Jan 26, 2022

The Dana Adams Project 1893: A First Thursday presentation

Posted Jan 26, 2022 1:02 PM
Image courtesy Smoky Hill Museum
Image courtesy Smoky Hill Museum


History is sometimes inspiring and sometimes heartbreaking. The 1893 lynching of Dana Adams is a difficult part of Salina’s history, but one that needs to be understood, according to a news release from the Smoky Hill Museum.

Adams was one of four Black men ordered to leave the Union Pacific train depot early on the morning of April 20, 1893, according to information in the Salina Daily Republican. Adams argued with the janitor who ordered the men out of the depot. During a fight between the two, Adams allegedly cut the janitor with a razor.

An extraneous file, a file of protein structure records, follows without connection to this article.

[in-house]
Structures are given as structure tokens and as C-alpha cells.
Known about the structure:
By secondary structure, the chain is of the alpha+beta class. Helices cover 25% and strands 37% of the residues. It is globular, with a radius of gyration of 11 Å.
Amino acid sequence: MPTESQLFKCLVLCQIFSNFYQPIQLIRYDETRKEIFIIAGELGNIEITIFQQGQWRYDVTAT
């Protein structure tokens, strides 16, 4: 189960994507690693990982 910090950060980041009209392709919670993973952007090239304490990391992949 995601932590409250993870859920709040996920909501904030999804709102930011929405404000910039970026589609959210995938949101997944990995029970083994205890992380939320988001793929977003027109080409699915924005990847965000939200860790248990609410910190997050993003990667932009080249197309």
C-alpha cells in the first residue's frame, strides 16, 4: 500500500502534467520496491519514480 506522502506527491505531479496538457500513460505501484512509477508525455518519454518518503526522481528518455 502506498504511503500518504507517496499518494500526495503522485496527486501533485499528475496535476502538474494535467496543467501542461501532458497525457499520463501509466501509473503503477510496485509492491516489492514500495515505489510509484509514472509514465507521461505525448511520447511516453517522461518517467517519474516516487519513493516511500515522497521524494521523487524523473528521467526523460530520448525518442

Adams was taken to jail.

The sheriff, who had heard rumors about people wanting to lynch Adams, put Adams on a train headed to Leavenworth, however, the train sat at the station long enough that someone uncoupled the car that Adams was in, leaving it stationary on the tracks as the train pulled away.

A crowd of people overpowered the sheriff and his deputies and dragged Adams from the train to a telegraph pole near the Union Pacific depot and hanged him.

No one was ever arrested for the lynching.

Join Sandy Beverly and the Rev. Dr. Martha Murchison as they share about the lynching of Dana Adams and its aftermath. They’ll also discuss the Dana Adams Project 1893, its goals of release and healing, and what’s next for the project. Beverly and Murchison, along with the Rev. Delores J. Williamston, are coalition members who work in collaboration with the Equal Justice Initiative.

The Smoky Hill Museum will host this free presentation from 5:30-6:30 p.m. on Feb. 3 via a Zoom presentation. Please register at smokyhillmuseum.org to receive the Zoom link. The presentation will also be on Facebook Live, the museum noted in the news release.